Newton’s Second Law Lab

10 October 2016

Newton’s 2nd Law Lab Introduction: The purpose of this lab was to prove Newton’s 2nd Law; which states accelerate equals force divided by mass (a=F/m). During this lab we were trying to find out the relationship between acceleration, force, and mass by using a air track, glider with picket fence, and photogates. Before I did the lab, I had already knew that acceleration, force, and mass were related. I just didn’t know how they were related. When recording the results of this lab we had to record the applied force in Newton’s.

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Newtons’s is a unit of measurement represented in m(meters) divided by s2(seconds squared). I think that F/m=a because in Newton’s second law, he tells us that force is equal to mass times acceleration (f=ma), so if you take the mass and divided by both sides to cancel it out on the right, you would end up with a=f/m. Procedure: First we weighed the glider and fence with the string attached, in kg(kilograms). Then we recorded in the table. Next we weighed the mass of the hanging weight in kg and recorded it in the table.

Then we found the total mass being accelerated in kg by adding the mass of the hanging glider to the mass of the hanging weight. Fourth we found the applied force by taking the mass of the hanging weight and multiplying it by 9. 8(gravity). Then we found the theoretical acceleration by using the formula a=F/m and plugged in the total mass for m and the applied force for F. By taking F and dividing it by m we can up with the theoretical acceleration. We then looked on the time graph and found the experimental acceleration by looking at the slope of the velocity time graph and recorded it on the table.

Lastly we found the percent difference by taking experimental acceleration, subtracting it from the theoretical acceleration, and then dividing that answer by the theoretical acceleration. We then took that answer and multiplied it by 100 to give us a percent. We then reweighed the glider each time and increased the mass of the hanging weight. Then we repeated steps three through seven, 15 more times so we had enough data. Results/Observations: Result are on the attacked sheet. Durning the lab, I observed that the more mass that was on the hanging weight the less accretion.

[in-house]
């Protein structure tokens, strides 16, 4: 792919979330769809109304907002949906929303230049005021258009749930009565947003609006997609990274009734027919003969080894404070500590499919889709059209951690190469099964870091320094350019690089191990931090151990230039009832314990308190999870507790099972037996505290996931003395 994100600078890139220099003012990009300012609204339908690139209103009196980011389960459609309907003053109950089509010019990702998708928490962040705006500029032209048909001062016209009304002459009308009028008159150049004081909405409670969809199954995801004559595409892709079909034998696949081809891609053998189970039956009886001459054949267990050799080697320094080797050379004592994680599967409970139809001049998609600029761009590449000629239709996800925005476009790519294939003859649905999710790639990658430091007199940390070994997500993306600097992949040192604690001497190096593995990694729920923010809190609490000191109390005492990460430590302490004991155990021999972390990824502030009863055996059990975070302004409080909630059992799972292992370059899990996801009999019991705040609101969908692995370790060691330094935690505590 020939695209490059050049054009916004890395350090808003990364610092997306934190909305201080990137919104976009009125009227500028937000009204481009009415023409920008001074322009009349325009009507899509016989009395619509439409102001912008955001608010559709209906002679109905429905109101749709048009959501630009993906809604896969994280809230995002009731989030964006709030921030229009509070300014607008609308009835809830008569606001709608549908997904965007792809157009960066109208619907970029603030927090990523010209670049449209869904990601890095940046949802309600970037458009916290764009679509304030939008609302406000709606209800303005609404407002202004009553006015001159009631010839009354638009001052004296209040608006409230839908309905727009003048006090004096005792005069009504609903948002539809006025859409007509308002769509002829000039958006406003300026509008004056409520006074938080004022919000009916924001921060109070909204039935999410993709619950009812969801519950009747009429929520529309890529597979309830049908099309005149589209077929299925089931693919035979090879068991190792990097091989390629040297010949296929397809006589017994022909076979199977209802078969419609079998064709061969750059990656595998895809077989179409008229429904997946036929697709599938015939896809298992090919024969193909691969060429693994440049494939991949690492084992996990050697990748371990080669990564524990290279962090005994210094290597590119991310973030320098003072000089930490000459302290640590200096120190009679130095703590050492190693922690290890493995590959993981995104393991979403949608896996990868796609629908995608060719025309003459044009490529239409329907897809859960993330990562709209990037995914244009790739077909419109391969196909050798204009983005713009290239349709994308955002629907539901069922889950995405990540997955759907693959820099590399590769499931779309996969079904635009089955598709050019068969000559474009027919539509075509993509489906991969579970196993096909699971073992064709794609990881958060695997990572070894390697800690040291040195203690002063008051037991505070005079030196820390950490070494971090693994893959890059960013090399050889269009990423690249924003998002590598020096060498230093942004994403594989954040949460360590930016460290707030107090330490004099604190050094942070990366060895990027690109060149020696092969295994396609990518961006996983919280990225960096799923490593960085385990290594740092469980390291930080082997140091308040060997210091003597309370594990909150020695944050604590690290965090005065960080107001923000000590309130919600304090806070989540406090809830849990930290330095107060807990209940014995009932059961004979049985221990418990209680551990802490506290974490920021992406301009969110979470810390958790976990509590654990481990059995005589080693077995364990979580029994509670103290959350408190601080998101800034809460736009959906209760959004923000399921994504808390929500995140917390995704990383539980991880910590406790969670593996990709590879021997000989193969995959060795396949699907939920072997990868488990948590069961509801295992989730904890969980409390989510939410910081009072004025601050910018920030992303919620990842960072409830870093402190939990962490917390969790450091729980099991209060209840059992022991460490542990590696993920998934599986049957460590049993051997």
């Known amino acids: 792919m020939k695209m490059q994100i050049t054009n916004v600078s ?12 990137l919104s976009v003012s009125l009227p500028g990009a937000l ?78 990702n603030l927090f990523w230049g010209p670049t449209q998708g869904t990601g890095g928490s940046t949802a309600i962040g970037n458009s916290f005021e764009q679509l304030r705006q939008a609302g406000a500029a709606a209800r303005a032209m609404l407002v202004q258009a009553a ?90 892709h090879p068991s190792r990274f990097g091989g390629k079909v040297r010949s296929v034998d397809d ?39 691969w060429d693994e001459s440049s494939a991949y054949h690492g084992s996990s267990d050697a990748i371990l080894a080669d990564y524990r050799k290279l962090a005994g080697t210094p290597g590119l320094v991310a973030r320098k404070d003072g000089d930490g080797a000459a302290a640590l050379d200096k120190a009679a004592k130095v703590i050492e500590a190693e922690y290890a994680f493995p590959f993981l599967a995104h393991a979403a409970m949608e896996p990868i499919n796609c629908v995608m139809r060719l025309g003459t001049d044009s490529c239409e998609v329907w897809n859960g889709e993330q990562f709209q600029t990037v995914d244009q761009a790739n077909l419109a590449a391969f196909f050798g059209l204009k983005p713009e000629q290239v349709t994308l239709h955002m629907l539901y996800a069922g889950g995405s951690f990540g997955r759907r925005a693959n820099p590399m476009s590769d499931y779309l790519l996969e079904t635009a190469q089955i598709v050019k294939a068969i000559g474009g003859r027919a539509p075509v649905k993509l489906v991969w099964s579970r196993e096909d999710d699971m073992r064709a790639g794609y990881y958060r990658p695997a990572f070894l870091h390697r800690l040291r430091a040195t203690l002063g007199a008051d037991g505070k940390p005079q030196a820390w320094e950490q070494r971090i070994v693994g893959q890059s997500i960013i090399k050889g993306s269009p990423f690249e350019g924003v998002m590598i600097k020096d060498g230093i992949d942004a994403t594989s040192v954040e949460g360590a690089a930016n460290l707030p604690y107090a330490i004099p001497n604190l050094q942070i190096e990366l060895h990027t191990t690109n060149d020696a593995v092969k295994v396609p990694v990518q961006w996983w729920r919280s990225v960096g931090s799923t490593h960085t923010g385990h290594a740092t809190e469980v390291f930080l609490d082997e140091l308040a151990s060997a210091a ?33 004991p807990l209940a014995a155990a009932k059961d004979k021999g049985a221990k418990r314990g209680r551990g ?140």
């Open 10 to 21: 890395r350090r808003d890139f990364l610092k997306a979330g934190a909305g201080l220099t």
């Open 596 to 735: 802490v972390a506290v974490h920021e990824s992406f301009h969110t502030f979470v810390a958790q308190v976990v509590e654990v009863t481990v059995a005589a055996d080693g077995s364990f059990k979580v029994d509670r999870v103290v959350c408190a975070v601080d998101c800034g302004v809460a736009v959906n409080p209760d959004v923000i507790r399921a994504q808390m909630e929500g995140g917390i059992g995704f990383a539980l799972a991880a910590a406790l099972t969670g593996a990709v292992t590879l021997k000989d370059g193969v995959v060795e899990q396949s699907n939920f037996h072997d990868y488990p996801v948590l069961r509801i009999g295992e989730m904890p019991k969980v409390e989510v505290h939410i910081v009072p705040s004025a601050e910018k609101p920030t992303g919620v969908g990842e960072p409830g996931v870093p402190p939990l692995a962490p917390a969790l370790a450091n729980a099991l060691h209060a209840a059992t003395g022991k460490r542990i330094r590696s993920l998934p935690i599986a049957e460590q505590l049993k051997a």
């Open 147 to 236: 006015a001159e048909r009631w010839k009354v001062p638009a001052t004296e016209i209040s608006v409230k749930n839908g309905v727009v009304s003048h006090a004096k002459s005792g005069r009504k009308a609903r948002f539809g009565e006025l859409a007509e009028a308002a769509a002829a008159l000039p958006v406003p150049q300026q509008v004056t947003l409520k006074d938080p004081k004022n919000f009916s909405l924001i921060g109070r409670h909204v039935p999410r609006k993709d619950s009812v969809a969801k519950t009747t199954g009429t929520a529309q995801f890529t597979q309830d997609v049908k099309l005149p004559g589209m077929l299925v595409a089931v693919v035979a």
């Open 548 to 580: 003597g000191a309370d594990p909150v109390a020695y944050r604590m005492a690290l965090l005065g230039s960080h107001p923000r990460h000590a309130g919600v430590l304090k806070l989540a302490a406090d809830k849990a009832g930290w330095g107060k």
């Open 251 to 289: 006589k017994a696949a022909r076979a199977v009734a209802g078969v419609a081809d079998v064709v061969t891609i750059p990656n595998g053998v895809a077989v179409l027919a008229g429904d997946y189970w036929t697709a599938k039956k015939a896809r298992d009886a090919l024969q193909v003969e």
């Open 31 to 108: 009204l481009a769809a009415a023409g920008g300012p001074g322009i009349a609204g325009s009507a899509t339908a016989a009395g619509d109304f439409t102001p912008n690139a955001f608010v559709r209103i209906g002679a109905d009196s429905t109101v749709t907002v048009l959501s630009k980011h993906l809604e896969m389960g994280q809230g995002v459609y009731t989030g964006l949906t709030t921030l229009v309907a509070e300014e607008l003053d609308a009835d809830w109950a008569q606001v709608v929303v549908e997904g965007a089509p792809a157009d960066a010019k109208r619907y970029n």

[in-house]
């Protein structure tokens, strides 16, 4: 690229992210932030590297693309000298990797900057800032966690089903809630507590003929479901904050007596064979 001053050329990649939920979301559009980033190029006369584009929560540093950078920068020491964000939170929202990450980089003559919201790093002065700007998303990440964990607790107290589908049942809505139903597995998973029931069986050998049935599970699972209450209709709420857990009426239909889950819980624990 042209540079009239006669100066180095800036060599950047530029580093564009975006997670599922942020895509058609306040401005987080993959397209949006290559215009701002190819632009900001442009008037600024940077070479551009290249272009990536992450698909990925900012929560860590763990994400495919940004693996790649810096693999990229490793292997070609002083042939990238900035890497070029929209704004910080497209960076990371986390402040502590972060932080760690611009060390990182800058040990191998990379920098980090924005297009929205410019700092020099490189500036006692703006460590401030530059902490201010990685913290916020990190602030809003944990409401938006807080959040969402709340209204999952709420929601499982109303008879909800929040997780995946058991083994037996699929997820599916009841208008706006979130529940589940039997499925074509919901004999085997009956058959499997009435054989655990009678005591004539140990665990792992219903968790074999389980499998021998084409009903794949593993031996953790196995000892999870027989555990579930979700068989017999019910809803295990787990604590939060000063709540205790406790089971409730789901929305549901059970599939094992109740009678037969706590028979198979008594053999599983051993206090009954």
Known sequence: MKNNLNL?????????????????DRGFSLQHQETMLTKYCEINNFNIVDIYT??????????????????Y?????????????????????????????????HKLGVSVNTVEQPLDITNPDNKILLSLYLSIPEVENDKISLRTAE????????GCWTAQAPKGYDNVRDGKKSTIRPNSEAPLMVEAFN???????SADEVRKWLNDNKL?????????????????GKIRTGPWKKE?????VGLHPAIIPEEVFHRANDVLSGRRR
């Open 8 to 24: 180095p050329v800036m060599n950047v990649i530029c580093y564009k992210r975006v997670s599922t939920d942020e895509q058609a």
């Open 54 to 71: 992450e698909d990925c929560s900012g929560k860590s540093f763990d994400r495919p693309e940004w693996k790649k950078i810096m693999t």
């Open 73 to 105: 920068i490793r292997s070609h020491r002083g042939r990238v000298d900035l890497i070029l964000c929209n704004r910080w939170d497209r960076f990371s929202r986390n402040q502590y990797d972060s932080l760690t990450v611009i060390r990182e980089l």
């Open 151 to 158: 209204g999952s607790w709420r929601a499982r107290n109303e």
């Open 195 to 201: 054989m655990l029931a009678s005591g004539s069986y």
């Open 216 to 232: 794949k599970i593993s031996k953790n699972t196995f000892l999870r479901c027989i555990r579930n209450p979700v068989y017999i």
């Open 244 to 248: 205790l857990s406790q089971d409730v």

Also the more mass, the faster the glider went. I also noticed the more weighted you taped onto the glider the faster the glider went. Analysis/Conclusion I think a=f/m because in Newton’s second law, he tells us that force is equal to mass times acceleration (f=ma), so if you take the mass and divided by both sides to cancel it out on the right, you would end up with a=f/m. After this lab, we proved that this theory is right because when you look at the theoretical and experimental acceleration data and you look at the percent difference, they vary from 2. 6% to 18%, which is really good.

The numbers are not perfect because of errors in the lab. Some of the possible errors could be from, software calculation and the way we rounded our numbers, the air track had a little bit of friction and the weight of our hanging weight could have hit the ground and fell off before the picket fence went threw the the photogate. In conclusion, our lab proved that acceleration does equal force divided mass because when we took the applied force and divided it by the total mass and come up with the theoretical acceleration, our data result came back with an average percent difference is 5. 04; which is less then 10%!

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